GDPR will be in force from 25th May, 2018, but it’s actually in place already. Whilst many businesses are now becoming aware of their new obligations, they’re also realising they have their work cut out to fulfil them. Current legislation does not view B2B contact information as personal, but this is changing with GDPR. Any business or personal information an organisation holds that can identify an individual will be covered by GDPR. This includes B2B contact details. So if you’re not yet one of the many businesses well on the way to taking the necessary steps to ensure you will be ready to meet your obligations you need to start working on it now. According to Data IQ, it takes an organisation six months, on average, to change a data process… so don’t say you haven’t been warned!
With that said, therefore, if you haven’t got going on GDPR yet, what should you now consider? Here are a few key pointers.
Analyse your data usage
If you haven’t begun to assess what personal data you hold and use within the business… you need to do so. The key change for many organisations is that B2B contact data will be included within the definition of ‘personal data’, and thus needs to be treated in exactly the same way. But don’t underestimate the work involved to become compliant. The systems and process changes you are likely to need to implement will require a focused effort to hit the deadline of 25th May, 2018. The buzz words you need to have flying around are transparency, consent and control. But at least there is a payoff. The effort you put in now to ensure these are in place will not be wasted. More and more individuals are becoming prepared to share their personal data, whether that’s for business or as a consumer, than ever before. Get your systems and processes right, and you will reap the rewards.
Allocate budget to data governance
GDPR compliance is important. Suffer a data breach once it is in force, and you will find your organisation feeling the cost in more ways than one. There will be fines. There will be a need for process and technology change. And you will suffer a loss in customer confidence. All those will have an impact on your bottom line. So allocating budget to getting your processes and systems right now, whilst also ensuring headcount is allocated too, will save you money in the long run.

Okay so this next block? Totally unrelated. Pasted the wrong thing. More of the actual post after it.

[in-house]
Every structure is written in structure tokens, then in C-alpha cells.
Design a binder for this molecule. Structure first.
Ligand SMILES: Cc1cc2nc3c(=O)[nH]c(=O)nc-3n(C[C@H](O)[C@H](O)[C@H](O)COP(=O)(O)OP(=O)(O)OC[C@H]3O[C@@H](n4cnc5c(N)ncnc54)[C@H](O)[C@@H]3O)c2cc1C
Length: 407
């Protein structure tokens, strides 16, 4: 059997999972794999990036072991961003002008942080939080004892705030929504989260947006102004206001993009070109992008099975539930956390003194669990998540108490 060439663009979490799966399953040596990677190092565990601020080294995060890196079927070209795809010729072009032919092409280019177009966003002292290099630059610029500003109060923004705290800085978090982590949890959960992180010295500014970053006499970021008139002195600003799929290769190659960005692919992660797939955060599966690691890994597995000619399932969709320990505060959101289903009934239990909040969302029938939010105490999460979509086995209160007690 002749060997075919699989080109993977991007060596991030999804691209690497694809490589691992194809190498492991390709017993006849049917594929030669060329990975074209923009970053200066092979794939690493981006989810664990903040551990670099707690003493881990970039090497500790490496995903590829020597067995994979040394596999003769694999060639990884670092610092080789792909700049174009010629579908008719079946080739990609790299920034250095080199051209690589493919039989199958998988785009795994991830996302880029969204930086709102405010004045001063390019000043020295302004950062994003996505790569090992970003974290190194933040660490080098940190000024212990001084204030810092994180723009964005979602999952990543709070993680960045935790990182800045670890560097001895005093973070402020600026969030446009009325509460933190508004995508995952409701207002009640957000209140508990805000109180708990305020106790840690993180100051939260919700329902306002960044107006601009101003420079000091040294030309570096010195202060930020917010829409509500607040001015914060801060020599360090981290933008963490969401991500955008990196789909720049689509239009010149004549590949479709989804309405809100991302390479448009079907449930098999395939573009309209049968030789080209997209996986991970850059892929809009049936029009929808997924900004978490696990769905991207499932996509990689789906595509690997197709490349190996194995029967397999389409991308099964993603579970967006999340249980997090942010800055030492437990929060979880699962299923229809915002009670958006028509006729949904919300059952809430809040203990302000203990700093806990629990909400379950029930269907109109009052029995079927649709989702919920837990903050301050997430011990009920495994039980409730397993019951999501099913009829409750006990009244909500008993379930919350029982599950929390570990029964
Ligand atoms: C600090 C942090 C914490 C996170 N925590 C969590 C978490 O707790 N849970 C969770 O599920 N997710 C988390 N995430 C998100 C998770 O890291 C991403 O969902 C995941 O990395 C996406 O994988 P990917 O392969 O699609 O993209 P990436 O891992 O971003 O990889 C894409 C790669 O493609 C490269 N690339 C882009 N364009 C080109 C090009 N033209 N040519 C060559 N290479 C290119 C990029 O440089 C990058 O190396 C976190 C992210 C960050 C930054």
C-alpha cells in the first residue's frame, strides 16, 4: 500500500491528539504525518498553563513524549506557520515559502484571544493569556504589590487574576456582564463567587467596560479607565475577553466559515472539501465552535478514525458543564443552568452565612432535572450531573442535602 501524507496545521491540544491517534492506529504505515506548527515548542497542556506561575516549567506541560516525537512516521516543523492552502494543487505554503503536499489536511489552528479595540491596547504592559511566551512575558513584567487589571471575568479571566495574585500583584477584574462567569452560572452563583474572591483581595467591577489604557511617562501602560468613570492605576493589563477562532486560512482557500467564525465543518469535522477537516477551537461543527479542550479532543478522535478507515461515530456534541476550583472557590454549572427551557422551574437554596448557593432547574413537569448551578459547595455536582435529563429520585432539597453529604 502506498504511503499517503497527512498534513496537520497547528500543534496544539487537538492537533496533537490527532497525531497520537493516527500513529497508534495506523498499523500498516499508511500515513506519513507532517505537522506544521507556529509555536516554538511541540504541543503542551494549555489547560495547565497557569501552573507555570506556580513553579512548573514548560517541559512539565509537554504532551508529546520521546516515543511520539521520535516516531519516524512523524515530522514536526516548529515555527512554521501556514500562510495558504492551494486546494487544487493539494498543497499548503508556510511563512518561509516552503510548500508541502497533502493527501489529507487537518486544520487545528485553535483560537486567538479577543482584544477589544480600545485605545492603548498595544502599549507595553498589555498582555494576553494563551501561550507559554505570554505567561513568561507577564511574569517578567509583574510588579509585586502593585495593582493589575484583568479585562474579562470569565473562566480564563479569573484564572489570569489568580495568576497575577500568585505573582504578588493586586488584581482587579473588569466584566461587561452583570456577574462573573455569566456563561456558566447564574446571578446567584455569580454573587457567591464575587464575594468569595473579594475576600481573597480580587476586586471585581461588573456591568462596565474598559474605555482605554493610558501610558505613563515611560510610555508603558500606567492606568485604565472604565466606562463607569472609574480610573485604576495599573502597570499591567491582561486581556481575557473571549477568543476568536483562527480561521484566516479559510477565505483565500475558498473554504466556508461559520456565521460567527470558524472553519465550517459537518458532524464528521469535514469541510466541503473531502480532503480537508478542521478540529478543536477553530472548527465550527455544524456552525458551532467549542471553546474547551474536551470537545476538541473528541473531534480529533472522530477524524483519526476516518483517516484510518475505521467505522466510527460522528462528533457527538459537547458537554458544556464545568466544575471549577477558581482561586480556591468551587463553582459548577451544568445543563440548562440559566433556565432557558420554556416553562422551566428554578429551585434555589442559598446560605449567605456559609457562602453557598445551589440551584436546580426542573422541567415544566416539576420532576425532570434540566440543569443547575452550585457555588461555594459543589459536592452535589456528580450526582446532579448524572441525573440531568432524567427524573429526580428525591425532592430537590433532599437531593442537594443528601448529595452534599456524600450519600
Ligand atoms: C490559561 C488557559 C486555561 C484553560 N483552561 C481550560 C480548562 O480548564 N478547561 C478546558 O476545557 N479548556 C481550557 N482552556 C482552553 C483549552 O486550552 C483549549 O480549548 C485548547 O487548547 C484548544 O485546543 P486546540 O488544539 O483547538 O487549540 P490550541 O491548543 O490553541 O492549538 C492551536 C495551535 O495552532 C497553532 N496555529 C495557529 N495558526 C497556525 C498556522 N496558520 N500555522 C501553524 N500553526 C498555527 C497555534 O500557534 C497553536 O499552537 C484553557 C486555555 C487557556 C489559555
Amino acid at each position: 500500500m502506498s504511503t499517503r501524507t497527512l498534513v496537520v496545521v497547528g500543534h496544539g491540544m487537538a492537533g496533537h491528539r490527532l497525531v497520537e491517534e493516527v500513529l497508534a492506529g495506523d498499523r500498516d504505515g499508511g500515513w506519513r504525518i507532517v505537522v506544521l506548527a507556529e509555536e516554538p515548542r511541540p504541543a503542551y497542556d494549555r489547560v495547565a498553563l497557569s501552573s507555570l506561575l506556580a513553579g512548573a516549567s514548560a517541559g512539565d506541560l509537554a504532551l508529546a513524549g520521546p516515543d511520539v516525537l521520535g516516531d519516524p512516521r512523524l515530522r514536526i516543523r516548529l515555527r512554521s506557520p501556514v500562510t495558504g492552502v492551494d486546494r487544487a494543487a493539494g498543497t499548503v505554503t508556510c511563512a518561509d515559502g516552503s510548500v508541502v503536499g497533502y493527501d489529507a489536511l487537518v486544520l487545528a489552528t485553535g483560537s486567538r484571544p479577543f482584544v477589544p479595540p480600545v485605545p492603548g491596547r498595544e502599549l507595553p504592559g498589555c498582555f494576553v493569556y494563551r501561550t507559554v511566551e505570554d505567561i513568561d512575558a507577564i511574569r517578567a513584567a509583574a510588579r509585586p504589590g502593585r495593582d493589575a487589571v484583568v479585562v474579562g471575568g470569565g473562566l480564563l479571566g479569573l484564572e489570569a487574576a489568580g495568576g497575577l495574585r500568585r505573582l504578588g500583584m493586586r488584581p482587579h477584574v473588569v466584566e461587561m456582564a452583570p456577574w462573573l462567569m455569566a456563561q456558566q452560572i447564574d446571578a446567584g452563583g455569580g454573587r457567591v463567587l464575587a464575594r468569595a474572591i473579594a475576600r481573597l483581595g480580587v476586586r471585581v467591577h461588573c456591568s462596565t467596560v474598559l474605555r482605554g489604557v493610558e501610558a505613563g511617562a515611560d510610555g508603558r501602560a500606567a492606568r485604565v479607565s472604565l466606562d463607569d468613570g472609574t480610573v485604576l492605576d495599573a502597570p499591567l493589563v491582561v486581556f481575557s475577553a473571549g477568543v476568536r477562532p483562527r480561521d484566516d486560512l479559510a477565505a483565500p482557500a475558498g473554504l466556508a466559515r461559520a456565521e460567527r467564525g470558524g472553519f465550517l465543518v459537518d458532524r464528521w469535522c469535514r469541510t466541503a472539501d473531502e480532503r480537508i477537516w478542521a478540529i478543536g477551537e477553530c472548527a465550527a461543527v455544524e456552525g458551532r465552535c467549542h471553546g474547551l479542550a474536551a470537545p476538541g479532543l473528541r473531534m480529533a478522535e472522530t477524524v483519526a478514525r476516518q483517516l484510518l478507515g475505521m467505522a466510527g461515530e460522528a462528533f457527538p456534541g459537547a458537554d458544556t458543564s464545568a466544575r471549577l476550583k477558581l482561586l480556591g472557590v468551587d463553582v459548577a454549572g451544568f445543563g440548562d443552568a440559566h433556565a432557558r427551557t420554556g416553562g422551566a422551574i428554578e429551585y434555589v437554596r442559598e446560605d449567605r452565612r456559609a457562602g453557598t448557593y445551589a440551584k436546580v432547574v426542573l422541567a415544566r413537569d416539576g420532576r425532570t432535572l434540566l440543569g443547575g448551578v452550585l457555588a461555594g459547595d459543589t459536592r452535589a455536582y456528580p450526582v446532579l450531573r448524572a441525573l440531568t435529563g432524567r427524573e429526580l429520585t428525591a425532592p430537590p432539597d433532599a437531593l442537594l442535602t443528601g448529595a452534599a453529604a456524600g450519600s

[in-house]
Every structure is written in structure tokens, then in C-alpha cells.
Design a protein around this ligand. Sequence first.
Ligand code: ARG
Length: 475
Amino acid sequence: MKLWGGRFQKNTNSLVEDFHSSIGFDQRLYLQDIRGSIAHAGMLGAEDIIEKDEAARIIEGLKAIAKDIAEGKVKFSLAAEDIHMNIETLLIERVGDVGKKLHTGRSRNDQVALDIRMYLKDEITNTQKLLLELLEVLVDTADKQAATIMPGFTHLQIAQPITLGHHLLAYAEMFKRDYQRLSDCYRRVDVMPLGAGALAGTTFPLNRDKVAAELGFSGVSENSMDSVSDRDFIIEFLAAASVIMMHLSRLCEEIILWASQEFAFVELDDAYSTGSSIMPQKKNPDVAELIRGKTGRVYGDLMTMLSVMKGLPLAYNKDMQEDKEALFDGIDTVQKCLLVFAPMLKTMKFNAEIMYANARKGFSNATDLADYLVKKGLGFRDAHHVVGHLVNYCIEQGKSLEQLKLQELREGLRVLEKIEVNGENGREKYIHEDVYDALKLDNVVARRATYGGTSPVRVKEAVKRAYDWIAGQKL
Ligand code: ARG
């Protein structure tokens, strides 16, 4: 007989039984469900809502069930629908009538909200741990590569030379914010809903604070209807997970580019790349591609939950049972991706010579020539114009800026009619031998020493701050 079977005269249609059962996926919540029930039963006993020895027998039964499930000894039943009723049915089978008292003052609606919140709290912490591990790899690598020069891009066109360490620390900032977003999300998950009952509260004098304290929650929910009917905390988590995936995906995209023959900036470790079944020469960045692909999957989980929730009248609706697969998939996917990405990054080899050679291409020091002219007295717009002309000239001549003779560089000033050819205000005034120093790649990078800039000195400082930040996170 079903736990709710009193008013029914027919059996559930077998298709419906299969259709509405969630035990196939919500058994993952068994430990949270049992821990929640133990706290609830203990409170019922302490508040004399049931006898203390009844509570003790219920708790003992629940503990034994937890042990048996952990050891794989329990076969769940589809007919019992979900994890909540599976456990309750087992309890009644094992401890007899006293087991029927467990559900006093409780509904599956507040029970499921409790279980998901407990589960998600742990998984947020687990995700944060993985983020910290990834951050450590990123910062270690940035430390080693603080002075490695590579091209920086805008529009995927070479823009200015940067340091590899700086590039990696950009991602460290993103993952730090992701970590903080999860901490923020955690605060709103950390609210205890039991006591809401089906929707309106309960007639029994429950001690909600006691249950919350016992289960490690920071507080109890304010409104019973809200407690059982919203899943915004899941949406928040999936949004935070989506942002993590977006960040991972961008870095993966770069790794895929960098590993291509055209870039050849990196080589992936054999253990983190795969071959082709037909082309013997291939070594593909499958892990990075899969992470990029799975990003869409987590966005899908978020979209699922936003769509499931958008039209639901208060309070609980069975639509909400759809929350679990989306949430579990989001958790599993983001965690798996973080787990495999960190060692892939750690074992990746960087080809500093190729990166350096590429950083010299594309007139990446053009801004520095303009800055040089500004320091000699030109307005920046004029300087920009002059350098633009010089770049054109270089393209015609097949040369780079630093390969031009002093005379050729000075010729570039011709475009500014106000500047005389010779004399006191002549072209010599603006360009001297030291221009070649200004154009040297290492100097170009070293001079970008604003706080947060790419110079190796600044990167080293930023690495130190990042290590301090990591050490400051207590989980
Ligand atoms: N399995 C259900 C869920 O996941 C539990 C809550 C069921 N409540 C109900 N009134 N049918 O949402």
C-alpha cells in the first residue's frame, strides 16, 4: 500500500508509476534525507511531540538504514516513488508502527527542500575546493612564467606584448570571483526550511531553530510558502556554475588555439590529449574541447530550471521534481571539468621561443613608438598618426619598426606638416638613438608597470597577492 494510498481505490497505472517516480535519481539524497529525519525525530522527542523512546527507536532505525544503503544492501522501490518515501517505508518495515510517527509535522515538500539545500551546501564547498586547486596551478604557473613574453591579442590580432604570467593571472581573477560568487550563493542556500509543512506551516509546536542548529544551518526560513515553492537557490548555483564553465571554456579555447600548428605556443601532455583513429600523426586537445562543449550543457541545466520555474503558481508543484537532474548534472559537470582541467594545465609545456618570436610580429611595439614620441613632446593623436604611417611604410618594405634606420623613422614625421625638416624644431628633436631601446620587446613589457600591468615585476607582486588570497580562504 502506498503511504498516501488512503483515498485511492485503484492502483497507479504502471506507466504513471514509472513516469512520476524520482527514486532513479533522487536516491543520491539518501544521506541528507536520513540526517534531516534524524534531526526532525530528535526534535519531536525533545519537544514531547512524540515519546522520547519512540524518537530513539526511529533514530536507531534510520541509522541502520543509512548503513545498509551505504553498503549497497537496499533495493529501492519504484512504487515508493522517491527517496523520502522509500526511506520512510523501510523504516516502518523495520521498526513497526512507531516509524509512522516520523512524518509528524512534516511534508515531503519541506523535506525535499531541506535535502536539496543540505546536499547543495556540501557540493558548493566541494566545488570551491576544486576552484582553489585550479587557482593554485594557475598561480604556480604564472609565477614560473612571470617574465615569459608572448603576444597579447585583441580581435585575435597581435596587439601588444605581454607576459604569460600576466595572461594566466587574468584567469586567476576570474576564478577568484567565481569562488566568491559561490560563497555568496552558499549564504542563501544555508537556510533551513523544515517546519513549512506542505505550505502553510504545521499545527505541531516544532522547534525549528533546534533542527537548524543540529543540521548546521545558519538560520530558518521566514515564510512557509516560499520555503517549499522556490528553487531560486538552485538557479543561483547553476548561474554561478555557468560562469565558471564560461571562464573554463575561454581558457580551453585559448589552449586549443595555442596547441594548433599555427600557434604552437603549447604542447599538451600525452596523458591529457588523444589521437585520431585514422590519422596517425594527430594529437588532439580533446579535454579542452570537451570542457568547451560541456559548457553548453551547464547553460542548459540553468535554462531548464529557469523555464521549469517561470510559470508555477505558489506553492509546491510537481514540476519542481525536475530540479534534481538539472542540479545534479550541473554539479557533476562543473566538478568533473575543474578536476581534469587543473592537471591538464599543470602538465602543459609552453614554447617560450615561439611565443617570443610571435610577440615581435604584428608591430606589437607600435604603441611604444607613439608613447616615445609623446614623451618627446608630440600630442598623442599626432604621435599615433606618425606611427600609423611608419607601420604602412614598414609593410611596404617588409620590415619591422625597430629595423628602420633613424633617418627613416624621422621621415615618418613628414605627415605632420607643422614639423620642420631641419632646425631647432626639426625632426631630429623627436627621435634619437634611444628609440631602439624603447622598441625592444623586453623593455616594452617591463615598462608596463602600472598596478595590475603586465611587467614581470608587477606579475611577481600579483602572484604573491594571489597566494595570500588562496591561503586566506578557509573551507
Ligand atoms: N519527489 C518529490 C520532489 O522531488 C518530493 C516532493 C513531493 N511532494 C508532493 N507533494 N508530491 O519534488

Implement processes to track data breaches
Tracking, as well as acting on, data breaches is one of the key new requirements of GDPR. There are time limits, and the clock starts ticking as soon as an organisation is aware of a breach. No longer can you rely on external bodies or customers to advise you of a breach either. You will need to be checking and tracking matters internally all the time. And you will need to be able to provide evidence that this is the case.
Start checking your privacy notices and permission statements
Great emphasis is now to be placed on transparency and consent. No more assumptive acceptance of being added to a mailing list. No more smoke and mirrors. The statements your organisation uses to request that individuals provide you with their personal data are going to need to be specific, accurate, and long lasting. What you say you do at the time someone clicks ‘yes’ to provide you with their data cannot change. And in addition to this, the ‘right to be forgotten’ will make management of your data critical. Be aware, time-limited consent is also likely to become a feature.
Consider the impact of a data breach on the business
Big data breaches are in the news a lot these days. But the size of a data breach does not necessarily reflect the impact it will have on a business. You may be small enough not to need to worry about a raft of investors, but customer confidence in your operation is still important. A lapse in the management of the personal data you hold is one way to destroy that very quickly.
If you’re ready to get your organisation up to speed on GDPR, please visit this page to learn more. There’s a lot to get through, it’s worth starting as soon as you can.